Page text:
NetWellness is a global, community service providing quality, unbiased health information from our partner university faculty. NetWellness is commercial-free and does not accept advertising.
Monday, May 29, 2017
Obesity and Weight Management
Sudden Weight Gain with No Change in Size
I am a 19 year old girl, who is not exactly thin, but slightly overweight. Suddenly, I have seemed to have gained weight, but there has been no change in my size (inches). The weight I have gained is almost 20lbs; which I even think is quite unusual; and in normal circumstances such weight gain would be significantly noticeable. This is the heaviest I have been. I have been having infrequent but severe stomach cramps and pains.
I eat normally, and I have exams going on right now so I have been skipping breakfast. I have always had a problem with bowel movement and recently had a mild appendicitis infection; (shown to a doctor) and is now all better, which I think was the reason for my last menstruation cycle to be cut short to two days.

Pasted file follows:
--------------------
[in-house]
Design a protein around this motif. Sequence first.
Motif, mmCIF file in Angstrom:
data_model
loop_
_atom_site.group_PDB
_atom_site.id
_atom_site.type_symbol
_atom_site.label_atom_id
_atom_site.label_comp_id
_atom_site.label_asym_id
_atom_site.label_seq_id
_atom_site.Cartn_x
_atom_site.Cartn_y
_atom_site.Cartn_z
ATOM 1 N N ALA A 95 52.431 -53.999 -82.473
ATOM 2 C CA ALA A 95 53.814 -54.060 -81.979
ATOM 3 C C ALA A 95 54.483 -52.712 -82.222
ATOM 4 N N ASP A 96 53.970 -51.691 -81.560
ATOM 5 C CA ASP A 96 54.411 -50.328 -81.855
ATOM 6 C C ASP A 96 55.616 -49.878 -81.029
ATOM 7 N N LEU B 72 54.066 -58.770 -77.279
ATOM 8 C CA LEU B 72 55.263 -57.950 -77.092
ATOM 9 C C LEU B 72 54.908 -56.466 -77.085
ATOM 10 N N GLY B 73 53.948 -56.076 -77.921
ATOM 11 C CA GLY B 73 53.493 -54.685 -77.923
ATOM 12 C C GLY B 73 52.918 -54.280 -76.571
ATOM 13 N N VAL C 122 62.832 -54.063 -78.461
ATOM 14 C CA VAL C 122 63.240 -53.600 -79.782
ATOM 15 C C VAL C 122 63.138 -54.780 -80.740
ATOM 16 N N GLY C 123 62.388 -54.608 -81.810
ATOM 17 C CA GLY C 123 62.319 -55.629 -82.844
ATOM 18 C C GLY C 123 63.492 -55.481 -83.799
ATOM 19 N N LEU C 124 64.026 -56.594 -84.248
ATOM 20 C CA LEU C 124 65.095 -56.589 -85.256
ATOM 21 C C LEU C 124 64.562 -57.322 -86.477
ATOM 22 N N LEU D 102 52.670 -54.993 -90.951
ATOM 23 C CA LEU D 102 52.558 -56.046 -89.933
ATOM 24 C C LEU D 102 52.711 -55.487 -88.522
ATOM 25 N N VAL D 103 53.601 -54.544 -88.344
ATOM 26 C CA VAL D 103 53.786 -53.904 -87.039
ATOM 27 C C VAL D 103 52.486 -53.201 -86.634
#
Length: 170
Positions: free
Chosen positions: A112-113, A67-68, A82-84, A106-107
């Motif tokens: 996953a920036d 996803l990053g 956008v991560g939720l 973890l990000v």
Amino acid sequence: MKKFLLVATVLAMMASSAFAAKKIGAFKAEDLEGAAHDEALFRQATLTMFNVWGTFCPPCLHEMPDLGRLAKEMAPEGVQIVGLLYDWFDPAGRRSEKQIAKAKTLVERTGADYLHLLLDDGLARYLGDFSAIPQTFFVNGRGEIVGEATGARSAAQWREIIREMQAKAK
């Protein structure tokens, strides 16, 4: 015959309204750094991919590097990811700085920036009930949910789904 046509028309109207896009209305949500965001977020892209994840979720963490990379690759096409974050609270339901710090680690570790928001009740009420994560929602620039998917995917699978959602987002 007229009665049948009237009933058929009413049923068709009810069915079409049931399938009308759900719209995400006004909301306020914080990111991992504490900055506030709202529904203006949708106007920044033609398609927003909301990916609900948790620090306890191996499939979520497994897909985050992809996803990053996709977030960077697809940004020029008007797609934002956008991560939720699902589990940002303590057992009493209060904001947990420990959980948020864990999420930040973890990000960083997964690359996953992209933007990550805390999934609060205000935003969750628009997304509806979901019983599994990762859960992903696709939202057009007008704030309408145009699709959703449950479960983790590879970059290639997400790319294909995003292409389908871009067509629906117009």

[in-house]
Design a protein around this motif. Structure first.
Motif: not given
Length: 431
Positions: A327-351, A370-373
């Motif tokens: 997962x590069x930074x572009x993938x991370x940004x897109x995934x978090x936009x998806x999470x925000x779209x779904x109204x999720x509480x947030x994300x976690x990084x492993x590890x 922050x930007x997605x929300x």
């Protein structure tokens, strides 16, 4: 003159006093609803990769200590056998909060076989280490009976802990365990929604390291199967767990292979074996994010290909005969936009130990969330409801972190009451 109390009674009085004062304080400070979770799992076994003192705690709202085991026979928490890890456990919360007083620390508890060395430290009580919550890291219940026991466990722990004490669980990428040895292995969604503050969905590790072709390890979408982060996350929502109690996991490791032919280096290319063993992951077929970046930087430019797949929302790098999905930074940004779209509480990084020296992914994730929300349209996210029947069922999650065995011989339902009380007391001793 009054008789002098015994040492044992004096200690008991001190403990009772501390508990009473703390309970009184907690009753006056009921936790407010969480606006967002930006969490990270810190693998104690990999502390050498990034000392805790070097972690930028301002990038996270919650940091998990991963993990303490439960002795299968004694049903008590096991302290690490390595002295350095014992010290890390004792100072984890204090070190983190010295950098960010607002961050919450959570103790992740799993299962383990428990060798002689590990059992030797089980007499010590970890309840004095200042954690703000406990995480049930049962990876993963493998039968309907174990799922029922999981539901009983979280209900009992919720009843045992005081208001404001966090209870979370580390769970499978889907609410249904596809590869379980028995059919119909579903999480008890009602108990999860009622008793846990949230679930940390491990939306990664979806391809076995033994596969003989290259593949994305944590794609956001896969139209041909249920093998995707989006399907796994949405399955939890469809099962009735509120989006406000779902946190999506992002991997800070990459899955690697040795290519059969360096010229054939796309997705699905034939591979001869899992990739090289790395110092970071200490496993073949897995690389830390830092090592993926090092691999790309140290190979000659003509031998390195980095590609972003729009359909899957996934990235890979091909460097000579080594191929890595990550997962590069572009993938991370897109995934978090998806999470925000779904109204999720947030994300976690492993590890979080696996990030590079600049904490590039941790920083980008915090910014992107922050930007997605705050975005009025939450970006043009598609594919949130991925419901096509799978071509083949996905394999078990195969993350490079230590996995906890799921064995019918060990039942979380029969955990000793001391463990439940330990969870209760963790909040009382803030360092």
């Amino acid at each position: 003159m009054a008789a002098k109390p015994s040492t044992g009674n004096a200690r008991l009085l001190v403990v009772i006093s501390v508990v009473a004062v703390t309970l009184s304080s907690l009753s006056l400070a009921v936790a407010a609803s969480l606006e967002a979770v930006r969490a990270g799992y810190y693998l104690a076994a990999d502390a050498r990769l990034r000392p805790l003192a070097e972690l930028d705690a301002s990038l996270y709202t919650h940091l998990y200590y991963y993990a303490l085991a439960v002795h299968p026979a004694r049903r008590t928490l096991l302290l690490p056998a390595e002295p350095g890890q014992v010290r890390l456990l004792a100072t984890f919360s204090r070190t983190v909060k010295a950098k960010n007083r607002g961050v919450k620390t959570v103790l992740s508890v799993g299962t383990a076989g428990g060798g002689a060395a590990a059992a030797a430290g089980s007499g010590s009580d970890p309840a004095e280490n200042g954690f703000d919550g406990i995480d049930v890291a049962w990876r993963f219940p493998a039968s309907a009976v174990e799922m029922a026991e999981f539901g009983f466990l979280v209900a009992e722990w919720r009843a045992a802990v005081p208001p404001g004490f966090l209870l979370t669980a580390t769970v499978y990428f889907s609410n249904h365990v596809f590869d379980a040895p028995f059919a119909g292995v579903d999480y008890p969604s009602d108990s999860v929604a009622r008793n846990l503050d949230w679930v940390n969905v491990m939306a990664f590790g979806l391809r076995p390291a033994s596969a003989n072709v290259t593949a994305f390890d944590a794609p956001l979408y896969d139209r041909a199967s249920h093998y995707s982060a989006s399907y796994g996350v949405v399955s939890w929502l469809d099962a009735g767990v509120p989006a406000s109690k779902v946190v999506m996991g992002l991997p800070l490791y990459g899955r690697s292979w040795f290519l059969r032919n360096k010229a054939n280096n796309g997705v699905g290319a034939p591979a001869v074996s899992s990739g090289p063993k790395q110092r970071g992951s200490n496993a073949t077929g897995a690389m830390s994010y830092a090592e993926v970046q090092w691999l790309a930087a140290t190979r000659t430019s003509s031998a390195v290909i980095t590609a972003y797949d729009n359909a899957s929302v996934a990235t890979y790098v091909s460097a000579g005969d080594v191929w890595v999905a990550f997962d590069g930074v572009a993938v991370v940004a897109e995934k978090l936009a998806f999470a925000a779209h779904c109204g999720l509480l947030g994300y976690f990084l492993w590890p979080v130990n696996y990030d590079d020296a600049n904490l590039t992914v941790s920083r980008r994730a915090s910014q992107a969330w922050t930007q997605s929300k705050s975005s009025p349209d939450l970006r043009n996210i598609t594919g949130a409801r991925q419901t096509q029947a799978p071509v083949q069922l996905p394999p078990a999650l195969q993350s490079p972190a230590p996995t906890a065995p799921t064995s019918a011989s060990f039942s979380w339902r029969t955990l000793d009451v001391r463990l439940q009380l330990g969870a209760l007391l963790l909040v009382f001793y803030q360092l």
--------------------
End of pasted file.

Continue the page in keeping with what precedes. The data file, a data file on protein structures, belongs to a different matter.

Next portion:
I have usually been quite active; I useto go swimming thrice a week, and play sports twice a week in a sports center a little more than a month ago; and for almost 2 years, I have been working out a gym (though it`s on and off due to responsibilities).
I am very concerned. What can it be caused by? Is it something serious, or could it all be in my head?
Weight gain, without a change in size, may be the result of building lean tissue (muscle) from your physical activity. Knowing that the scale measures your whole body (including fat, muscle and water), this type of weight gain is usually fine. However, if weight gain is due to excess fat or water retention, there may be a health concern.
I would suggest that you speak with your doctor, who knows you and your medical history best, and can help you with your concerns. Stress (such as exams) can cause physical issues, including stomach/intestinal problems and even menstrual changes.
To improve your diet, I'd recommend not skipping meals. Eating breakfast fuels your brain and provides energy to help you think clearly and perform better on your exams. If you have problems with bowel movements, consider improving the fiber in your diet (try to eat whole grains, fresh fruits and vegetables, high-fiber cereals), continue to be physically active and drink water throughout the day.
However, the bottom line is that you should speak with your doctor and make sure your concerns are not "all in your head."
Jane Korsberg, MS, RD, LD
Senior Instructor of Nutrition
School of Medicine
Case Western Reserve University